Boys will be boys, whether they like it or not

Ex­pec­ta­tions have not veered much from the stereo­type

The Irish Times - Tuesday - Health - - Health Lifestyle - Jen Ho­gan

The world of boys was pretty alien to me un­til my sec­ond child, my first son, was born. Hail­ing from a house of girls, friends’ sto­ries of ex­tremely ir­ri­tat­ing and smelly broth­ers who couldn’t pee in­side the toi­let bowl if their lives de­pended on it, was as close as I got to hav­ing any grasp of the “chal­lenges” of grow­ing up in a house with the male of the species.

I’m still not quite sure if this was a hin­drance or a help.

Ig­no­rance is bliss ap­par­ently – six sons later I’m cer­tainly no longer ig­no­rant. It turns out the toi­let bowl claim was true. So far though, my boys smell quite nice most of the time, par­tic­u­larly my five-year-old who has a pen­chant for his fa­ther’s Lynx and his sis­ter’s lime shower gel.

They’re a noisy bunch who hold vary­ing views about the im­por­tance of un­der­wear. They look alike, are very close, and if farts and burps could be con­verted to a re­new­able en­ergy source then Ho­gan Power could po­ten­tially corner an area of the world’s com­modi­ties mar­ket.

But that’s where con­form­ing to type largely ends.

Like their sis­ter, as tod­dlers and small boys, they loved ev­ery type of toy – from train sets to toy kitchens. One had a hoover he loved more than life it­self though, un­for­tu­nately, also like his sis­ter, his love of chores had long since dis­ap­peared by the time he was old enough to op­er­ate a real one.

And though the great philoso­pher that is Piers Mor­gan might not ap­prove, the youngest still loves to push his buggy with a teddy, whose nappy, in­ci­den­tally, he’s a whizz at chang­ing, un­aware of his im­mi­nent emas­cu­la­tion.

Boys will be boys it’s al­leged, and in our case that means they’ll be ram­bunc­tious, loud, care­less, phys­i­cal, sport-lov­ing, gen­tle, sen­si­tive, de­struc­tive, lov­ing, deep-think­ing, sport-hat­ing, con­fi­dent, shy, artis­tic, rough, thought­ful, fo­cused and kind – with in­sa­tiable ap­petites.

Out­side the home, how­ever, ex­pec­ta­tions of boys haven’t veered much from the stereo­type. As my daugh­ter con­sid­ers what she might do af­ter her Leav­ing Cert, she knows the world is her oys­ter. There is noth­ing she be­lieves she can’t do and there is noth­ing her broth­ers be­lieve she can’t do ei­ther. Be­cause, quite rightly, they all as­sume that girls can do any­thing boys can do.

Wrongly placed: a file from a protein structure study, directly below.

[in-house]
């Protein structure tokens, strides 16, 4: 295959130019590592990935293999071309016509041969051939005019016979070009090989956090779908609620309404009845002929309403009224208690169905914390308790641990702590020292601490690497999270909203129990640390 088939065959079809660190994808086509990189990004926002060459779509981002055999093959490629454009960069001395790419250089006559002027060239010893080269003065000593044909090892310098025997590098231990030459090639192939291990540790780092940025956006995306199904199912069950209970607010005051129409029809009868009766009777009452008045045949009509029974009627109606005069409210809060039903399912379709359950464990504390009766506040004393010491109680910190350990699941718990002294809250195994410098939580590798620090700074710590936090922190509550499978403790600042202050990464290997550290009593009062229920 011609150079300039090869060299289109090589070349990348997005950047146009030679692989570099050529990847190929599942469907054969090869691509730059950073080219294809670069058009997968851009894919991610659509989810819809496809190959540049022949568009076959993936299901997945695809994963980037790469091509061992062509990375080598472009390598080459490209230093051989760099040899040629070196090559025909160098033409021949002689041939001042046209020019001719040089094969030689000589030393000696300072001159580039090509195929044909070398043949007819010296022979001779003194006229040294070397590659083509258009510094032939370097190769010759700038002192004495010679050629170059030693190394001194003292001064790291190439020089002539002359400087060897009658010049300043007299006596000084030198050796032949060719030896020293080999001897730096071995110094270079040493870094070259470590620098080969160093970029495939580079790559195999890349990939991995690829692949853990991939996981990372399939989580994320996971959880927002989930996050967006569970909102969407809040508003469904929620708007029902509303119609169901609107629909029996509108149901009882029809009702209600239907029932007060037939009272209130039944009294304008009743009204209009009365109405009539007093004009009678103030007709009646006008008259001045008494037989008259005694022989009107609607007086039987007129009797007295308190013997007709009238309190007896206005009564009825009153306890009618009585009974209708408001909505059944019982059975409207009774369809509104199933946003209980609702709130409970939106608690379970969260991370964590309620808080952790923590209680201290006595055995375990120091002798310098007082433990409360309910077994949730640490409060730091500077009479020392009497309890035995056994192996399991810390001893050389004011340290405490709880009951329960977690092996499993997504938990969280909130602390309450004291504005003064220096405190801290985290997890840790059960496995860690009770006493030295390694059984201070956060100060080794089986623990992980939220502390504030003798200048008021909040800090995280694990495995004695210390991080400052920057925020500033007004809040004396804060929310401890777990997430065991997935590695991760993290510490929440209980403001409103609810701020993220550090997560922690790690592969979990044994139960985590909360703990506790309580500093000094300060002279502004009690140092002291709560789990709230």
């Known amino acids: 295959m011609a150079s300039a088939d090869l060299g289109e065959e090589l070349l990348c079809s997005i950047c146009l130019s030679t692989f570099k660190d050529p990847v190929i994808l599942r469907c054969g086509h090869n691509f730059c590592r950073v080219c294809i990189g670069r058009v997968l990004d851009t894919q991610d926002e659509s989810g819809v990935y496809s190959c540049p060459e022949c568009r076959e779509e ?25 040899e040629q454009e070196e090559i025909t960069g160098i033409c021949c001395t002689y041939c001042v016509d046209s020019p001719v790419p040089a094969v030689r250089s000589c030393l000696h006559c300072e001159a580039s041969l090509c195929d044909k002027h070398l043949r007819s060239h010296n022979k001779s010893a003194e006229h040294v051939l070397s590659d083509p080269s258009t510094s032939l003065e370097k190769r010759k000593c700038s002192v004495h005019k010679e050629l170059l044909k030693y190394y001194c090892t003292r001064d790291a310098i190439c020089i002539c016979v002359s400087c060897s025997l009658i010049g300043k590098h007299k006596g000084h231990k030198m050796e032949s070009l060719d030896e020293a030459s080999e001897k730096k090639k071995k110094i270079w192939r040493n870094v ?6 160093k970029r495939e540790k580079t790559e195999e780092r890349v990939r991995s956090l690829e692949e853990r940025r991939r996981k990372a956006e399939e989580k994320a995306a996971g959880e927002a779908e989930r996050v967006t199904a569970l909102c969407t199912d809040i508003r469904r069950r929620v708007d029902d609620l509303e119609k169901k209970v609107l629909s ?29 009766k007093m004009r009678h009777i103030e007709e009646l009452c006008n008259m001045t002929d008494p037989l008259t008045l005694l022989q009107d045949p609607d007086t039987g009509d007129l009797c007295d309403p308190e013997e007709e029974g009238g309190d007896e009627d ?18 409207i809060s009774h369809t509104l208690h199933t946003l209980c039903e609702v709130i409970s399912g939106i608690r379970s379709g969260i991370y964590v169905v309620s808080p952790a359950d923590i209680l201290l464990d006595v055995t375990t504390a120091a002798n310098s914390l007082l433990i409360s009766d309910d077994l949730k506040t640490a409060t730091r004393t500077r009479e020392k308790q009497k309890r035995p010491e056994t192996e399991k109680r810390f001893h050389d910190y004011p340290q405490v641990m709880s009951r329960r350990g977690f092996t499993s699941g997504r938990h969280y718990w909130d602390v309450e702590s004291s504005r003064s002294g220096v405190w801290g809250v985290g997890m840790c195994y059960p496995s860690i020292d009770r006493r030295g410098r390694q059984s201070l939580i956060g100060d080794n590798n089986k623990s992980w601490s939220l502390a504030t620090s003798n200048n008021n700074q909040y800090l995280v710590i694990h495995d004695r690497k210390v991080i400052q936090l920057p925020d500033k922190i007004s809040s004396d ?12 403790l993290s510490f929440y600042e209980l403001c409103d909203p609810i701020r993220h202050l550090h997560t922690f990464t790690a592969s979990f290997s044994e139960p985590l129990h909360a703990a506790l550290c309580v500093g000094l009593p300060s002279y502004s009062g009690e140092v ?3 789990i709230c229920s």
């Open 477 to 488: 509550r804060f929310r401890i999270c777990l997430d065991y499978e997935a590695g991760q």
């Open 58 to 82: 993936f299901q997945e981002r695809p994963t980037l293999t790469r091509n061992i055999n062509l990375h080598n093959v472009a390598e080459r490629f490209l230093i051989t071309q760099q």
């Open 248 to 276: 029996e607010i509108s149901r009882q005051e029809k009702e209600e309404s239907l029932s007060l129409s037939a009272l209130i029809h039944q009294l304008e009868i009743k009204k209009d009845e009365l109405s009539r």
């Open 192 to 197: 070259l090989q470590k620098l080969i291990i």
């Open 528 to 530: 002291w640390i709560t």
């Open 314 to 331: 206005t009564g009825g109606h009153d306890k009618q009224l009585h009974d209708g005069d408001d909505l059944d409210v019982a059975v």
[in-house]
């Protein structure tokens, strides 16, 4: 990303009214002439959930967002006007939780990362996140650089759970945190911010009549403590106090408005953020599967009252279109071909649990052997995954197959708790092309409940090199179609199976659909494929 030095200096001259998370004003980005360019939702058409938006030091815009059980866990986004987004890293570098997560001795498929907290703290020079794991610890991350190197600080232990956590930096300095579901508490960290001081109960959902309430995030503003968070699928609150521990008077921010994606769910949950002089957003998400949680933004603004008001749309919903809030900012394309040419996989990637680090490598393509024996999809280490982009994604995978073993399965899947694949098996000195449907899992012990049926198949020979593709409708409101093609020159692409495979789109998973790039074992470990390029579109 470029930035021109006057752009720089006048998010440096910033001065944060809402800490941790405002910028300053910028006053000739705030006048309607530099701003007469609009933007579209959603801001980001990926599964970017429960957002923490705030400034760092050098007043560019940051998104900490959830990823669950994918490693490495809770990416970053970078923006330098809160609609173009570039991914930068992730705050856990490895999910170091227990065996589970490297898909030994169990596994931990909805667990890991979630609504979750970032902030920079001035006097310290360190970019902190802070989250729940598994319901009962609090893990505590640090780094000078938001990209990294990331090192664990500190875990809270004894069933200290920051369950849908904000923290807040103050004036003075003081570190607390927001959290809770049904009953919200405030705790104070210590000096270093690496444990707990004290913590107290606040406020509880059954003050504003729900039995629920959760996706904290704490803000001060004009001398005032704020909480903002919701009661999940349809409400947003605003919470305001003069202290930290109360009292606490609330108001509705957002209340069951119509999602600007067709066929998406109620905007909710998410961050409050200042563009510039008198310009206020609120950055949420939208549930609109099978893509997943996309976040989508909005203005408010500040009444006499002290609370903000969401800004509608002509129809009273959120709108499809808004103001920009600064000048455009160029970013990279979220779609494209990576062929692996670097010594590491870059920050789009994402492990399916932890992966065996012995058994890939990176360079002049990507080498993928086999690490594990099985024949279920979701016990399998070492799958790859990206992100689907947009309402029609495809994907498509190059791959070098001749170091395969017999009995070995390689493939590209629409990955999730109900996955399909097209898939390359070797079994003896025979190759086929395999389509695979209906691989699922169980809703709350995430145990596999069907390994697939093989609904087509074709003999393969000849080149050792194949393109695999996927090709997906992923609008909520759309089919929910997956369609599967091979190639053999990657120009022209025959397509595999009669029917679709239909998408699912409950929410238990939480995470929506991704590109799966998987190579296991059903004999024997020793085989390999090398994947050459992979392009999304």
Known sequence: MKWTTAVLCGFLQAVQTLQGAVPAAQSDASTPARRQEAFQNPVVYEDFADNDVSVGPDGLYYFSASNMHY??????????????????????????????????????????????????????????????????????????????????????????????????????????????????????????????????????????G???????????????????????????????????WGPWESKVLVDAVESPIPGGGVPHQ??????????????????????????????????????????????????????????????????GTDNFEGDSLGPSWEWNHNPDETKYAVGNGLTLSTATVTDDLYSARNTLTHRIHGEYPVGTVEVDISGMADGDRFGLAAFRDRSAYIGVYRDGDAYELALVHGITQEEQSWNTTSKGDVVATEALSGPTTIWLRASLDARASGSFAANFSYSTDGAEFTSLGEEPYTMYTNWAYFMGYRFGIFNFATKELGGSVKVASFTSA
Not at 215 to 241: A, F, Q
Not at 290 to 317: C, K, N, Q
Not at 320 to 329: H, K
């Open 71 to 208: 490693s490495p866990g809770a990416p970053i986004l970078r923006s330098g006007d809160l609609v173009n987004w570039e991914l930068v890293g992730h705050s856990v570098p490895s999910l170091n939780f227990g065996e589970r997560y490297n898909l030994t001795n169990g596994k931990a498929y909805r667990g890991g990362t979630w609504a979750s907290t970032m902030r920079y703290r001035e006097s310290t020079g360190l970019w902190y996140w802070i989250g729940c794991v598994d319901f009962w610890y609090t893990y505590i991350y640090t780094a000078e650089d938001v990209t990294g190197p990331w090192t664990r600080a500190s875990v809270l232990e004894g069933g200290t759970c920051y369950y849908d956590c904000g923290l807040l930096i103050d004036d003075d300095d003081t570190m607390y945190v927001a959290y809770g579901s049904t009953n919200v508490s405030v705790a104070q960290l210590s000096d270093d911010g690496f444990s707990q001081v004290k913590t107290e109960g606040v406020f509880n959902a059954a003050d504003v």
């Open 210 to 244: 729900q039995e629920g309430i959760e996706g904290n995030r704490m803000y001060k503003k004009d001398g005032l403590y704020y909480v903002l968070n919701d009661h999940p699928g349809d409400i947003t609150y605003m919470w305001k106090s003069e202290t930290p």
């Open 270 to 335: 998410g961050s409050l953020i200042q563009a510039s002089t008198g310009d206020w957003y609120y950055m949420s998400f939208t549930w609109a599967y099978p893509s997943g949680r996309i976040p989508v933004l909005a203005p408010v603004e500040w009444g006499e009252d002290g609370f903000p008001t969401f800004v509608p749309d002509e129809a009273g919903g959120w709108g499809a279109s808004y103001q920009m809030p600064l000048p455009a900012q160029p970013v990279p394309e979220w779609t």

For lads, things seem dif­fer­ent. Boys should like sport, boys shouldn’t cry, boys need to “over­come sen­si­tiv­ity”, boys should be strong in ev­ery sense of the word, and boys shouldn’t like pink be­yond a cer­tain age. And, some­how, even though we’ve got to a stage where girls tak­ing part in what are con­sid­ered tra­di­tion­ally male ac­tiv­i­ties is cham­pi­oned, the re­verse is sce­nario non grata for some par­ents.

“No way would I al­low my son to do bal­let,” came the re­sponse of a young mum to whom I posed the hy­po­thet­i­cal ques­tion. She had a daugh­ter who played foot­ball and at­tended bal­let lessons and a son who played foot­ball also. “And no way would you ei­ther,” she said dis­miss­ing my claim to the con­trary. “Think of the slag­ging.”

As any par­ent of more than one child knows, the same in­gre­di­ents don’t nec­es­sar­ily pro­duce the same re­sult, and my boys have proven to be as sim­i­lar and as dif­fer­ent from each other as they are from

My boys have proven to be as sim­i­lar and as dif­fer­ent from each other as they are from their sis­ter

their sis­ter. It’s an as­pect of par­ent­hood I’ve en­joyed but one that causes me to worry for some more than oth­ers.

The pres­sure to con­form to how boys “should be” in­ten­si­fies with age and the world can be a ruth­less place for the sen­si­tive and the vul­ner­a­ble – par­tic­u­larly when they’re not read­ily ac­cepted traits for your gen­der.

With a sixth-year stu­dent in the house, recent din­ner con­ver­sa­tions have centred on what ev­ery­one might be when they grow up. The one clos­est to be­ing grown up has lit­tle idea what she wants to do yet. Some of her sib­lings have clearer no­tions – it seems we have a bud­ding author and ac­tor, train driver, in­ter­na­tional foot­ball su­per­star and teacher po­ten­tially in our midst. But most cer­tain of his im­pend­ing role in the world is the Lynx and lime-smelling five year old – “I’m go­ing to be The Hulk” he an­nounced.

Maybe not in keep­ing with his plans some weeks ear­lier to be Won­der Woman (“so I can be strong like you Mum”), but prob­a­bly a plan so­ci­ety would deem more suit­able.

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